You're all familiar with this one. Or you should be! Guidelines on the website.
This monthly magazine welcomes freelance submissions for "how-to" and writing technique articles as well as for genre and market reports. Payment for articles is $.30-$.50/word upon acceptance. Comprehensive guidelines on website. Note: the magazine has recently expanded its "InkWell" section, "the best place for new writers to try and break in," which features short (maximum 500-word) "trend stories, ideas, reviews, essays, news, inspiration, fun facts for writers, and more."InkWell" is "one section of the magazine where you can benefit from sending the complete written piece as opposed to a query."
This website/e-newsletter focuses "on 'selling' the written word. We do not seek articles on how to write. Rather, we seek articles on how to make more money doing what you love..writing! We are also interested in other forms of home-based businesses and self-employment that may result from writing, such as self-publishing, corporate writing, ghostwriting, etc. All ideas that help writers support themselves performing the work they love are warmly welcomed." A 600-word article earns $50 for first, non-exclusive rights; $30 for reprints.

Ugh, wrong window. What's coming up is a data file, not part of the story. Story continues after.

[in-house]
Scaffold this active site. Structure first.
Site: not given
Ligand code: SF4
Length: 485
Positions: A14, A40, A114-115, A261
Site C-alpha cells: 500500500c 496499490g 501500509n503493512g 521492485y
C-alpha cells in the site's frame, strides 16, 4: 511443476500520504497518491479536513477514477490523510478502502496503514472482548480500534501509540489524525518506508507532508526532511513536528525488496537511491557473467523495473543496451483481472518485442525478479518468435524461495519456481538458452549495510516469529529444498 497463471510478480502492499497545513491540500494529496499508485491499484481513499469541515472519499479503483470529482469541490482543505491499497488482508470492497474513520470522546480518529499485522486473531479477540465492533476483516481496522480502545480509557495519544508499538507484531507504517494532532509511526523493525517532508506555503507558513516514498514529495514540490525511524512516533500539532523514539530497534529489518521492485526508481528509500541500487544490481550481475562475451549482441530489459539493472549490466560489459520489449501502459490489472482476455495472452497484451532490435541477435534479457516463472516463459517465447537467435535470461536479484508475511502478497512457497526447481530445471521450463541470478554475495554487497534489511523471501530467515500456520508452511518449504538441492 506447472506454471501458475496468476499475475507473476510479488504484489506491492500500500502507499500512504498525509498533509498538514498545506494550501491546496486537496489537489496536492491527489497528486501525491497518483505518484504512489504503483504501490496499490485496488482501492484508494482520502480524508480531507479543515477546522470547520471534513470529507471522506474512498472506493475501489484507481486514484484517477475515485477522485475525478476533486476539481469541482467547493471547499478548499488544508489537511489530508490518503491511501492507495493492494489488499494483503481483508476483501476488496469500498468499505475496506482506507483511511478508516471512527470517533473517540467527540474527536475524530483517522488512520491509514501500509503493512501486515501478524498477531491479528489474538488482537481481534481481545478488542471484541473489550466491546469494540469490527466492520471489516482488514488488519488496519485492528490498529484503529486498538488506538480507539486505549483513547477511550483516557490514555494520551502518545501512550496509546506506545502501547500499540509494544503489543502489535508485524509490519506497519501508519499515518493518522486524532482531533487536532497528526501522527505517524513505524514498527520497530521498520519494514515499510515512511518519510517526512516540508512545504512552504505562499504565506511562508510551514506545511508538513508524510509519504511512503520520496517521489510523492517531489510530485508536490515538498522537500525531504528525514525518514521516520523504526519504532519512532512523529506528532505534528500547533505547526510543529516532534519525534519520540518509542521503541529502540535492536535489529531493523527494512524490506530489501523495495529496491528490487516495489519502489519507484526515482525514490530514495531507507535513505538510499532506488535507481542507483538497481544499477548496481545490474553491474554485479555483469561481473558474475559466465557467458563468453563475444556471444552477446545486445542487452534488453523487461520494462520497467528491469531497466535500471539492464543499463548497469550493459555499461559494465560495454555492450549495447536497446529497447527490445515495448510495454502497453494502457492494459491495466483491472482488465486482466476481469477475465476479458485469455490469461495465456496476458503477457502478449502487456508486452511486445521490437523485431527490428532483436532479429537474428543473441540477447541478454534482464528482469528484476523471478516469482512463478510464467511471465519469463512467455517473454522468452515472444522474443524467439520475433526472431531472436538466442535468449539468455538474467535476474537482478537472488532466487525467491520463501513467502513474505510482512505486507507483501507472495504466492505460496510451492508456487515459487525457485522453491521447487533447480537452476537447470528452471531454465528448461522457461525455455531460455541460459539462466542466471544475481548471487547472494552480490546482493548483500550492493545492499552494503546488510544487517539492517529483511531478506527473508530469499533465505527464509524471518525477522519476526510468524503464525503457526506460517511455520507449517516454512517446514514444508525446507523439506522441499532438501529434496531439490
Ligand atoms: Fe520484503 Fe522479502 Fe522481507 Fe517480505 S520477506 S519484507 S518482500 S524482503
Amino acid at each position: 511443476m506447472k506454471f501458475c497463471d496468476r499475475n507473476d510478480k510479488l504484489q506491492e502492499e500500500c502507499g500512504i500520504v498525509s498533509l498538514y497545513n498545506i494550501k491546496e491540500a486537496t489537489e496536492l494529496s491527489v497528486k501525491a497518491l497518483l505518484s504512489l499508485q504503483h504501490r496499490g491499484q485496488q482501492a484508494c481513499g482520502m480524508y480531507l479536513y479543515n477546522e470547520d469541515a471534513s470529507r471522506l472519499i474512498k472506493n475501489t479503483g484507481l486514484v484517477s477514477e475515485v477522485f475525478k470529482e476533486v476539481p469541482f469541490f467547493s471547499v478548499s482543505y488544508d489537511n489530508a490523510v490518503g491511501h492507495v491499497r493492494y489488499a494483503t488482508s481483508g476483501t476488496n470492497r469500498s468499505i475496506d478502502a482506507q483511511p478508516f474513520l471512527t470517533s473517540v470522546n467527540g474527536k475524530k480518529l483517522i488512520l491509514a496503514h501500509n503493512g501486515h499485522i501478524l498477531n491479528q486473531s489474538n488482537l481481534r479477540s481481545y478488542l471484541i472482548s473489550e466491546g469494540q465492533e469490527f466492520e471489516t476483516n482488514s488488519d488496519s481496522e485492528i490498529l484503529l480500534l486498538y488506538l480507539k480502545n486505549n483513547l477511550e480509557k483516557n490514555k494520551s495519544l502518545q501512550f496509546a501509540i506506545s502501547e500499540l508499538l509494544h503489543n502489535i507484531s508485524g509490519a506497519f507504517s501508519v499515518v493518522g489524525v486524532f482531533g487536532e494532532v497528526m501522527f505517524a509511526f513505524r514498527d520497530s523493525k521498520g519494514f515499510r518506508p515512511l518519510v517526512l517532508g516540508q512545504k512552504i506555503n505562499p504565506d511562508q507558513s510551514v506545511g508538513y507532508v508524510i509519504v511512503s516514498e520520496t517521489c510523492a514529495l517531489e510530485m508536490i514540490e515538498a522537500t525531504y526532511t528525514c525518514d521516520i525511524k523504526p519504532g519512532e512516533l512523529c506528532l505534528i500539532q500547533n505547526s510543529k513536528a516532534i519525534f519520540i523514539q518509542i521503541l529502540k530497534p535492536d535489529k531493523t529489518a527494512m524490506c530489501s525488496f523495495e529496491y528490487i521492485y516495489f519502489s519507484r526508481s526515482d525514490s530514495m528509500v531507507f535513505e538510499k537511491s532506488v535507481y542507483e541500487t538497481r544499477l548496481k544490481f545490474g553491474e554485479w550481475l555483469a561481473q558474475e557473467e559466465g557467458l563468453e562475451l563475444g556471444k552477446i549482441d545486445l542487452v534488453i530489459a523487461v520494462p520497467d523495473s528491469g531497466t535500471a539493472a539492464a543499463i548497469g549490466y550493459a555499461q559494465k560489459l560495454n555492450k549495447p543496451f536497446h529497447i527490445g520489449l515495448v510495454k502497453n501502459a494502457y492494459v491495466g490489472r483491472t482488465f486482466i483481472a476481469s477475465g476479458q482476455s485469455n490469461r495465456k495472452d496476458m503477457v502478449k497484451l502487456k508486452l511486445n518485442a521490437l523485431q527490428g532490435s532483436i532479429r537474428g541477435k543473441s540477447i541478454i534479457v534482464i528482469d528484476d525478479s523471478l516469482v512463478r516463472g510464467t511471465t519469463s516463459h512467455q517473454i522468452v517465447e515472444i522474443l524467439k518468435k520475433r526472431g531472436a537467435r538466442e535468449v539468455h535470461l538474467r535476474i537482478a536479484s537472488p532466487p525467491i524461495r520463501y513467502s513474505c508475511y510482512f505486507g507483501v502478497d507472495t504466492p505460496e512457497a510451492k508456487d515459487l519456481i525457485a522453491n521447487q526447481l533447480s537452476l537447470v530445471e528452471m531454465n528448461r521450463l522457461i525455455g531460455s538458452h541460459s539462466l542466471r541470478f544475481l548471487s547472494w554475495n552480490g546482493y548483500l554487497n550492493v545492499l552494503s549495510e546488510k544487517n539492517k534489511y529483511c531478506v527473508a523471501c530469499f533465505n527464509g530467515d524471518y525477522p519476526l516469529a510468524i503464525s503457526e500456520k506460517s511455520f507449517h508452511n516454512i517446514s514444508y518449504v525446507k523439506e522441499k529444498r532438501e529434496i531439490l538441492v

Erika Dreifus (EdM, MFA, PhD) teaches in the Harvard Extension School Writing Program. Her stories and essays have appeared in the Boston Globe , Lilith , Teachers & Writers , and elsewhere. She contributes frequently to print and online publications on the craft and business of writing and her new book, Free Expression: 101 Fee-Free Contests, Competitions, and Other Opportunities for Resourceful Writers , is available from http://www.booklocker.com.